Figure 7: Sites of 1332 giant cell tumors of bone collected from the literature

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Figure 8: Sites of 57 giant cell tumors of the innominate bone collected from the literature

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Denosumab use in the treatment of giant cell tumor causes fast symptomatic and radiological recovery, is easy to use, and has an excellent adverse effect profile. No reconstruction was done as it was felt that this would not significantly improve the postoperative function and because reconstruction in this location can be complex and often adds to the morbidity of the surgical procedure. According to a study given by Mehmet Ali and Paydas,[13] curettage or resection material after the denosumab treatment was classified using a two-grade staging system developed according to the tumor response. Grade 1 was grouped as fibrous tissue, inflammation, and a small amount of woven bone formation; grade 2 was defined as woven bone, precancellous bone, and cancellous bone formation. We found no woven bone, and only fibrous tissue was harvested. So our study comes under stage 1. We found that the use of methyl methacrylate (Palacos) in filling the narrow cavity was very difficult because of the viscosity of the cement, and it was not possible to fill the entire cavity of the lesion keeping in mind that we could not extend the cavity because of the proximity of sciatic nerve, but this was our first experience. We will try to open the cavity next time with the standard approach, as with this approach, only limited area was visible. Further, we suggest the use of Simplex cement for easy administration. The patient is now planned for IV zoledronic acid therapy at 3-month interval for the first year and will be on a regular follow-up every 6 months from the second year onward.

Declaration of patient consent

The authors certify that they have obtained all appropriate patient consent forms. In the form the patient(s) has/have given his/her/their consent for his/her/their images and other clinical information to be reported in the journal. The patients understand that their names and initials will not be published and due efforts will be made to conceal their identity, but anonymity cannot be guaranteed.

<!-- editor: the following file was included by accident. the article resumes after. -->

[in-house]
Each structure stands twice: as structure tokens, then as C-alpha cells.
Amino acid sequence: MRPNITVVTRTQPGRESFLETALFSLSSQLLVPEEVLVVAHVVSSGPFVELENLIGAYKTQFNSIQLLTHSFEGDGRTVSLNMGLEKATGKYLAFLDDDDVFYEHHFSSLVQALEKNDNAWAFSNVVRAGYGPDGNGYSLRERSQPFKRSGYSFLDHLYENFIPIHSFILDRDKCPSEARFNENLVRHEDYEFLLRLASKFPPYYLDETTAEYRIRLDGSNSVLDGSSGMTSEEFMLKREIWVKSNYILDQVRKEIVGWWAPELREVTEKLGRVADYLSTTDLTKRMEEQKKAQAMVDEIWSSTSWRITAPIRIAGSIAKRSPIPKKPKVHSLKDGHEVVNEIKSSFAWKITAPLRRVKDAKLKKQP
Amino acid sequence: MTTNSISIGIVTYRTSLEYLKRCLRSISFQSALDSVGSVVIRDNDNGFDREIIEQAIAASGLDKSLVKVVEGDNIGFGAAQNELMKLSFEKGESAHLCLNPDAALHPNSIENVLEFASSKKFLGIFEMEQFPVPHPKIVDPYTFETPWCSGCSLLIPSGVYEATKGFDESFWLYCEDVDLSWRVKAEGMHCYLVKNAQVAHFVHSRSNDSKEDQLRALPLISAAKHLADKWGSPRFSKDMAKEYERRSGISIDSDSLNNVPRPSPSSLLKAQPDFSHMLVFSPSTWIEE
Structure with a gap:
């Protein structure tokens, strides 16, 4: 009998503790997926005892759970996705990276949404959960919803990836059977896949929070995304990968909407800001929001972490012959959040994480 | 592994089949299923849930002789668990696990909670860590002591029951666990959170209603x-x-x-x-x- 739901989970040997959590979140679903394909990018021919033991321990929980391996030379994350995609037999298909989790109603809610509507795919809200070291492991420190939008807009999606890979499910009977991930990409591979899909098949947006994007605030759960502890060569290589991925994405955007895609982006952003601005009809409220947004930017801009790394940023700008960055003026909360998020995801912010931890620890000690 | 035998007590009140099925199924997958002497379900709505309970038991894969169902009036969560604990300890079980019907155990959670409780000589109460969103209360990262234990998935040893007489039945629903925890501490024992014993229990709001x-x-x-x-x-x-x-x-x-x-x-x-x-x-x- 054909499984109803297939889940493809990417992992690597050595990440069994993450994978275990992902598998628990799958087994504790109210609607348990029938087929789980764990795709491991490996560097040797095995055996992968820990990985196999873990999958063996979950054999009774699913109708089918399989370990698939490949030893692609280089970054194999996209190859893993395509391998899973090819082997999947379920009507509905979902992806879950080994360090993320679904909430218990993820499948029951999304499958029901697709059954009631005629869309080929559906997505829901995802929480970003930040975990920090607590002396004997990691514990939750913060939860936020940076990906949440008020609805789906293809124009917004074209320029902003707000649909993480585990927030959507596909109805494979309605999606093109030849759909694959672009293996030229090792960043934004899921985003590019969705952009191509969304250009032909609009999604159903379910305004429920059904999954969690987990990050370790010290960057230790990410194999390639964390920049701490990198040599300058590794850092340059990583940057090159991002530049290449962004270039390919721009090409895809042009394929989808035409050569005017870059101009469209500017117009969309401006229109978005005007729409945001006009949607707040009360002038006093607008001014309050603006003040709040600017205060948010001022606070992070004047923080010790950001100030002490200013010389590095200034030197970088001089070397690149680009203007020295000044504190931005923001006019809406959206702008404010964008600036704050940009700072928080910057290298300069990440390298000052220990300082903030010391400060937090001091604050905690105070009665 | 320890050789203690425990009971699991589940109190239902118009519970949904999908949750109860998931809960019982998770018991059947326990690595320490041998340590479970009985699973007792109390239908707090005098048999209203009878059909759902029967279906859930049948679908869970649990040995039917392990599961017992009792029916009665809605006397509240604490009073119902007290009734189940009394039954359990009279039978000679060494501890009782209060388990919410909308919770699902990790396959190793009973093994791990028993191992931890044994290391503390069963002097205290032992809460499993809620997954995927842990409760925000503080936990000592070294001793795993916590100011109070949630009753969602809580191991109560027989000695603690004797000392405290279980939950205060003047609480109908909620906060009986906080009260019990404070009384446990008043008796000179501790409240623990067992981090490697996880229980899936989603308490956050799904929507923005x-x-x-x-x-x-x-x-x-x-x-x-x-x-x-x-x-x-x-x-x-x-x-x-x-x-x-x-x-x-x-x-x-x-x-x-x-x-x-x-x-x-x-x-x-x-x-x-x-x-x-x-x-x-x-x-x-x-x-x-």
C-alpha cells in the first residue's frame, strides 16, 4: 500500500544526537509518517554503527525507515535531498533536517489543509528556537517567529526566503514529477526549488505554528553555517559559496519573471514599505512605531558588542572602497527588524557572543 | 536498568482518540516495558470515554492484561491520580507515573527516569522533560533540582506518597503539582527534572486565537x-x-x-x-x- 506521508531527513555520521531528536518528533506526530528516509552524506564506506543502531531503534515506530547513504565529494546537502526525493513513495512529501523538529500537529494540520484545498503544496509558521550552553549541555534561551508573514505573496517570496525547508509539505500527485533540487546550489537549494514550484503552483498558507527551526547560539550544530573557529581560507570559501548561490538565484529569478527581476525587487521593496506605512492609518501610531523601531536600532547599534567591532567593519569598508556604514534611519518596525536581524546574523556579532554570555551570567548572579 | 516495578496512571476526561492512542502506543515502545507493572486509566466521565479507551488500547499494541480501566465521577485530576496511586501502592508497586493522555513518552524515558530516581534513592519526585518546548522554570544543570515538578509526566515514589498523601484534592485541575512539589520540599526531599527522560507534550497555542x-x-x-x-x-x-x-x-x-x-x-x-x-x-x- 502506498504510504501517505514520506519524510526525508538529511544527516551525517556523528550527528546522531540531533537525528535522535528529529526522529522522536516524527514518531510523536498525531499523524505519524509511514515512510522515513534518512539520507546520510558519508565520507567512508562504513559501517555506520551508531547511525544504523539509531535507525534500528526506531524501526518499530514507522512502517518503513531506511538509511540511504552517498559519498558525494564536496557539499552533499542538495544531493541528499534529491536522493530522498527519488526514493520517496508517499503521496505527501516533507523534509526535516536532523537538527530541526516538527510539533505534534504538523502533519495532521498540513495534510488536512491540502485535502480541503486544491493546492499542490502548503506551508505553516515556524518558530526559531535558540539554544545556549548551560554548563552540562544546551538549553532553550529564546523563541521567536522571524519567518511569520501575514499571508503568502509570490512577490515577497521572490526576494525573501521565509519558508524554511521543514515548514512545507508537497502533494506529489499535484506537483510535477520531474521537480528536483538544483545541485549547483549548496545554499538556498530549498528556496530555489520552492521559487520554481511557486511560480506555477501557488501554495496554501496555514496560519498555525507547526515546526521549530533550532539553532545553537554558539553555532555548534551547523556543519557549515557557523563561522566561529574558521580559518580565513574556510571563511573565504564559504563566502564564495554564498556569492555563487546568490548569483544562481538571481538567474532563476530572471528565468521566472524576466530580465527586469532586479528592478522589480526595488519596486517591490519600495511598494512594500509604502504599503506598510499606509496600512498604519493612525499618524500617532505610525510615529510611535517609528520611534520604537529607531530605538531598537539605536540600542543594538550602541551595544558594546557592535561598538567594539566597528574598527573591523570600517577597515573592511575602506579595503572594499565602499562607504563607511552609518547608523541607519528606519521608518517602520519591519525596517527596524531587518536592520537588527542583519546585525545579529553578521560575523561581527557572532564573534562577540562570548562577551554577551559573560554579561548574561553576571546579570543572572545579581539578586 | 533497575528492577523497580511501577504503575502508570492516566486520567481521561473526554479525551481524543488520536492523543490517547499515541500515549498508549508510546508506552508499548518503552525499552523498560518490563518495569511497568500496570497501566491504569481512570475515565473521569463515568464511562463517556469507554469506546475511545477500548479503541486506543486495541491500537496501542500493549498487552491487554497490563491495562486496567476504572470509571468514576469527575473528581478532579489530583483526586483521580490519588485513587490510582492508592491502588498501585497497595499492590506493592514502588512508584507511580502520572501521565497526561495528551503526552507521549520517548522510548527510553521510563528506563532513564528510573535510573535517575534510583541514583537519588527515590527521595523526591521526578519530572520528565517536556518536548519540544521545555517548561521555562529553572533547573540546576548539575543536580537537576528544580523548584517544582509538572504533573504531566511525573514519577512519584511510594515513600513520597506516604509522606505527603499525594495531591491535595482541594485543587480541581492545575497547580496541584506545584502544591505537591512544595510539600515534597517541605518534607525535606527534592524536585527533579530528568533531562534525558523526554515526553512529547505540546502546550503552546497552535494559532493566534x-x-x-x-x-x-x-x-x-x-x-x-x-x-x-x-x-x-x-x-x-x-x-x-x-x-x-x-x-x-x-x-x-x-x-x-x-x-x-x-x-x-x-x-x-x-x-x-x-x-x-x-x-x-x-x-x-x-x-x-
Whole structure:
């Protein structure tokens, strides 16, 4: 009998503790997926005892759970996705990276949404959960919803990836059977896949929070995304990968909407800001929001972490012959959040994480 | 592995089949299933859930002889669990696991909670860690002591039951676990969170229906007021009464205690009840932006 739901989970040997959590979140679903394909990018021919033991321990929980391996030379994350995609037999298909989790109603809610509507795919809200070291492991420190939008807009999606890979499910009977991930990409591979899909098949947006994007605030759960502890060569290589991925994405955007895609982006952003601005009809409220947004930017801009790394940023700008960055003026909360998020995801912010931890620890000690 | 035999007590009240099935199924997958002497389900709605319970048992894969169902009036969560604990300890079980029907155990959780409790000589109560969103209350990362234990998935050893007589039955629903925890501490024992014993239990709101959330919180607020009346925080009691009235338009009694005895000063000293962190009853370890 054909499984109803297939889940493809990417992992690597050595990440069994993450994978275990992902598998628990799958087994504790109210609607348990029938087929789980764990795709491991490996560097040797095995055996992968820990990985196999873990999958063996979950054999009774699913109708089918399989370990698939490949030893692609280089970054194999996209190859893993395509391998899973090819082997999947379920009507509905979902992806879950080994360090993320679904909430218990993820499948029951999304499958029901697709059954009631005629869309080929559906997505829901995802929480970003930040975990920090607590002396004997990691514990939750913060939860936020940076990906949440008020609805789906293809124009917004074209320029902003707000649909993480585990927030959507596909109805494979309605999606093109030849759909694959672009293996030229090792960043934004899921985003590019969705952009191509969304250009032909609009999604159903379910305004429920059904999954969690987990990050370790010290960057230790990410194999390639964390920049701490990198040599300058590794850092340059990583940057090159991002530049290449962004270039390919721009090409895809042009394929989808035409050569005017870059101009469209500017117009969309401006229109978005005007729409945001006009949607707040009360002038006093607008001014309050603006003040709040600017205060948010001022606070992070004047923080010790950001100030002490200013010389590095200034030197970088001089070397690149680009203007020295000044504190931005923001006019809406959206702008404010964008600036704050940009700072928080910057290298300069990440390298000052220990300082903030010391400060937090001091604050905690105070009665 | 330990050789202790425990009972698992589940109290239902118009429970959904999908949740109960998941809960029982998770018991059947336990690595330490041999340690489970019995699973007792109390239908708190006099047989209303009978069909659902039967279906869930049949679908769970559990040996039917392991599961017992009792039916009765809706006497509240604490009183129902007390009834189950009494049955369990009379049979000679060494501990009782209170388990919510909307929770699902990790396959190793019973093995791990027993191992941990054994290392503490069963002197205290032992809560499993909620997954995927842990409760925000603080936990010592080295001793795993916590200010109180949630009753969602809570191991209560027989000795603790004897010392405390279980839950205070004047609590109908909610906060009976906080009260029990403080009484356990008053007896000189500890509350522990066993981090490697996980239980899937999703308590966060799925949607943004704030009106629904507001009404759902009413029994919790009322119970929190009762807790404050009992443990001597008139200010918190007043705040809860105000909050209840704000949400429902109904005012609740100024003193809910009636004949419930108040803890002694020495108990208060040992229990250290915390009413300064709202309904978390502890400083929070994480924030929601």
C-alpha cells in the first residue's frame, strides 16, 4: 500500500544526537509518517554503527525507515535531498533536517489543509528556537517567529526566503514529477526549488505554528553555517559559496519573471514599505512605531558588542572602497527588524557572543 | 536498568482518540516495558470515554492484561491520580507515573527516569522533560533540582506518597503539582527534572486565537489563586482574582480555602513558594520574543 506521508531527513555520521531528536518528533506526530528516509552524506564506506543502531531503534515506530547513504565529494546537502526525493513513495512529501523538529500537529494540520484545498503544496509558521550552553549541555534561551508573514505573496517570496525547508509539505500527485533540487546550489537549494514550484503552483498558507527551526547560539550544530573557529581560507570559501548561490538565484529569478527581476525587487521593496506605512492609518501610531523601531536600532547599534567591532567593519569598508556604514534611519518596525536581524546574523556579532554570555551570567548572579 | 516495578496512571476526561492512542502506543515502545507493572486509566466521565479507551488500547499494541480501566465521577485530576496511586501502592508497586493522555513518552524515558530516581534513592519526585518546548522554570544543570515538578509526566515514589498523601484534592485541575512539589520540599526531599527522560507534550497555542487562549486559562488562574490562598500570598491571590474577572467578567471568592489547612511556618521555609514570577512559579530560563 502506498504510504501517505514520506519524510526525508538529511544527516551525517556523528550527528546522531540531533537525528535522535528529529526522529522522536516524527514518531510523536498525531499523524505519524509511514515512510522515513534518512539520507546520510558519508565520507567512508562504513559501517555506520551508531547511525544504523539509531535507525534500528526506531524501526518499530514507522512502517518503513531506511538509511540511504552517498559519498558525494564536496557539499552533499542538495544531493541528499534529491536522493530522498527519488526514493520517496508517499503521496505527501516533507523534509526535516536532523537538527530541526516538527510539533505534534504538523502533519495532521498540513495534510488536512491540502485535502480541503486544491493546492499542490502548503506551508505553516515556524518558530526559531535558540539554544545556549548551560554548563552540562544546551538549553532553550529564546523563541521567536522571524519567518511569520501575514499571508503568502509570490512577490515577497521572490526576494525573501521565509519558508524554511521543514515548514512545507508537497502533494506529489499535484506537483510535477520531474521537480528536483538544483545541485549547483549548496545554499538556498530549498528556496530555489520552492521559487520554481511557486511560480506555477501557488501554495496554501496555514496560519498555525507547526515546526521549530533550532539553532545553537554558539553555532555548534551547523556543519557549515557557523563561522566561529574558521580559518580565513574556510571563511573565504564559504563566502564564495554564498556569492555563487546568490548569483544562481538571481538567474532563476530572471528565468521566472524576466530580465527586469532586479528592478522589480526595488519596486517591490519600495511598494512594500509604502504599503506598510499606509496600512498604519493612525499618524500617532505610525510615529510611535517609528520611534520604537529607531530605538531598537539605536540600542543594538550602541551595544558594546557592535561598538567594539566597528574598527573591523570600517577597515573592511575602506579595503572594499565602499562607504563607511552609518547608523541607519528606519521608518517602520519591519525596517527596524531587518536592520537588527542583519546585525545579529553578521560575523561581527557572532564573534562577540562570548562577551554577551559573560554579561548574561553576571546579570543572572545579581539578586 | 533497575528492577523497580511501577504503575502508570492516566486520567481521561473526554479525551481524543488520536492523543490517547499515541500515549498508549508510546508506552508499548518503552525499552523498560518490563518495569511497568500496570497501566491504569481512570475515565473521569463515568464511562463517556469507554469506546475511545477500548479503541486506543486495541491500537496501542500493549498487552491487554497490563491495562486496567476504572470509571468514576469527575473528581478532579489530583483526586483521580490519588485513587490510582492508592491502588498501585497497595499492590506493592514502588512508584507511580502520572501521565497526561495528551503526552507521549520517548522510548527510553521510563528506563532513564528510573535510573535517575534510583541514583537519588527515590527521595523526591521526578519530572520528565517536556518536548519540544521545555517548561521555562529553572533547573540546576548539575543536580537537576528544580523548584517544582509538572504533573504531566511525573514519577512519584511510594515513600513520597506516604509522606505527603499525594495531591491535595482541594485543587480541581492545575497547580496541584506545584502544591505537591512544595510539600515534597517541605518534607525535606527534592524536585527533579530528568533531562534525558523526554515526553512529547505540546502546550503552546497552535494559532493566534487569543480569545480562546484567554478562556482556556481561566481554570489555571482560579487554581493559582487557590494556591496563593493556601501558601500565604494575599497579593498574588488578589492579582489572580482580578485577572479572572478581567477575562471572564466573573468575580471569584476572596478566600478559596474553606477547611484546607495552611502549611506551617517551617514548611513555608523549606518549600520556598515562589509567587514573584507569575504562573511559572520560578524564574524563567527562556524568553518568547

Financial support and sponsorship

Nil.

Conflicts of interest

There are no conflicts of interest.



 
  References Top

1.
Norman A Giant cell tumor. In: Radiology. Vol. V. 1st ed. Philadelphia: JB Lippincott; 1986.  Back to cited text no. 1
    
2.
Dahlin DC Giant cell tumor of bone: Highlights of 407 cases. AJR Am J Roentgenol 1985;144:955.  Back to cited text no. 2
    
3.
Jacobs TP, Michelsen J, Polay JS, D’Adamo AC, Canfield RE Giant cell tumor in Paget’s disease of bone: Familial and geographic clustering. Cancer 1979;44:742-7.  Back to cited text no. 3
    
4.
Upchurch KS, Simon LS, Schiller AL, Rosenthal DI, Campion EW, Krane SM Giant cell reparative granuloma of Paget’s disease of bone: A unique clinical entity. Ann Intern Med 1983;98:35-40.  Back to cited text no. 4
    
5.
Kattapuram SV, Phillips WC, Mankin HJ Giant cell tumor of bone: Radiographic changes following local excision and allograft replacement. Radiology 1986;161:493-8.  Back to cited text no. 5
    
6.
Dahlin DC, Cupps RE, Johnson EW Jr. Giant-cell tumor: A study of 195 cases. Cancer 1970;25:1061-70.  Back to cited text no. 6
    
7.
Goldenberg RR, Campbell CJ, Bonfiglio M Giant cell tumor of bone. J Bone Joint Surg [Am] 1970;52:619.  Back to cited text no. 7
    
8.
Hutter RV, Worcester JN Jr, Francis KC, Foote FW Jr, Stewart FW Benign and malignant giant cell tumors of bone. A clinicopathological analysis of the natural history of the disease. Cancer 1962;15:653-90.  Back to cited text no. 8
    
9.
Kuritzky AS, Joyce ST Giant cell tumor in the ischium. A therapeutic dilemma. JAMA 1977;238:2392-4.  Back to cited text no. 9
    
10.
McGrath PM Giant cell tumor of bone: An analysis of fifty-two cases. J Bone Joint Surg [Br] 1972;54:216.  Back to cited text no. 10
    
11.
Mnaymneh WA, Dudley HR, Mnaymneh LG Giant cell tumor of bone. J Bone Joint Surg [Am] 1964;46:63.  Back to cited text no. 11
    
12.
Mnaymneh W, Mnaymneh LG Giant cell tumor of the ischium: Unusual site and outcome. South Med J 1979;72:1012-4.  Back to cited text no. 12
    
13.
Ali M, Paydas S Clinical and pathological results of denosumab treatment for giant cell tumors of bone: Prospective study of 14 cases. AOTT 2017;51:1-6.  Back to cited text no. 13
    


    Figures

  [Figure 1], [Figure 2], [Figure 3], [Figure 4], [Figure 5], [Figure 6], [Figure 7], [Figure 8]